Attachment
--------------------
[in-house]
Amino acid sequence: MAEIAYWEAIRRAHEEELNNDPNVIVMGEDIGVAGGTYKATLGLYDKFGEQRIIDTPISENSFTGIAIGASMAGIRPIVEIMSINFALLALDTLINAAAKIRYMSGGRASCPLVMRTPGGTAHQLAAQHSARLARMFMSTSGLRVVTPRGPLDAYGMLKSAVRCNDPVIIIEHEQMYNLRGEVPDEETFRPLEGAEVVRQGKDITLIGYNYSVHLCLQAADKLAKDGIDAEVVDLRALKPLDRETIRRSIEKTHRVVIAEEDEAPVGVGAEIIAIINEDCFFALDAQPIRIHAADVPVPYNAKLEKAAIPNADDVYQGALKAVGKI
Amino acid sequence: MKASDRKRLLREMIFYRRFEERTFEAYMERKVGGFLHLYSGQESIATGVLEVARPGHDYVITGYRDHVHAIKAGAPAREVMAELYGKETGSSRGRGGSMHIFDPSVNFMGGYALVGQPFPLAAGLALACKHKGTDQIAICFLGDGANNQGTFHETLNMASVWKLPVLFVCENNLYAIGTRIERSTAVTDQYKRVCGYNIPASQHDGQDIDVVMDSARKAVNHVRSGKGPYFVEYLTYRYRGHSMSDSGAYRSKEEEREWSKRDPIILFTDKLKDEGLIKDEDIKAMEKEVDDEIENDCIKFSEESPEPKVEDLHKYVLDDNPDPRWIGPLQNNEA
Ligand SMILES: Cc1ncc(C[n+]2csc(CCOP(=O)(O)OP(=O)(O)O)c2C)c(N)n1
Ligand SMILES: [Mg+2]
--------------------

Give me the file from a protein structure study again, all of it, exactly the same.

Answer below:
[in-house]
Amino acid sequence: MAEIAYWEAIRRAHEEELNNDPNVIVMGEDIGVAGGTYKATLGLYDKFGEQRIIDTPISENSFTGIAIGASMAGIRPIVEIMSINFALLALDTLINAAAKIRYMSGGRASCPLVMRTPGGTAHQLAAQHSARLARMFMSTSGLRVVTPRGPLDAYGMLKSAVRCNDPVIIIEHEQMYNLRGEVPDEETFRPLEGAEVVRQGKDITLIGYNYSVHLCLQAADKLAKDGIDAEVVDLRALKPLDRETIRRSIEKTHRVVIAEEDEAPVGVGAEIIAIINEDCFFALDAQPIRIHAADVPVPYNAKLEKAAIPNADDVYQGALKAVGKI
Amino acid sequence: MKASDRKRLLREMIFYRRFEERTFEAYMERKVGGFLHLYSGQESIATGVLEVARPGHDYVITGYRDHVHAIKAGAPAREVMAELYGKETGSSRGRGGSMHIFDPSVNFMGGYALVGQPFPLAAGLALACKHKGTDQIAICFLGDGANNQGTFHETLNMASVWKLPVLFVCENNLYAIGTRIERSTAVTDQYKRVCGYNIPASQHDGQDIDVVMDSARKAVNHVRSGKGPYFVEYLTYRYRGHSMSDSGAYRSKEEEREWSKRDPIILFTDKLKDEGLIKDEDIKAMEKEVDDEIENDCIKFSEESPEPKVEDLHKYVLDDNPDPRWIGPLQNNEA
Ligand SMILES: Cc1ncc(C[n+]2csc(CCOP(=O)(O)OP(=O)(O)O)c2C)c(N)n1
Ligand SMILES: [Mg+2]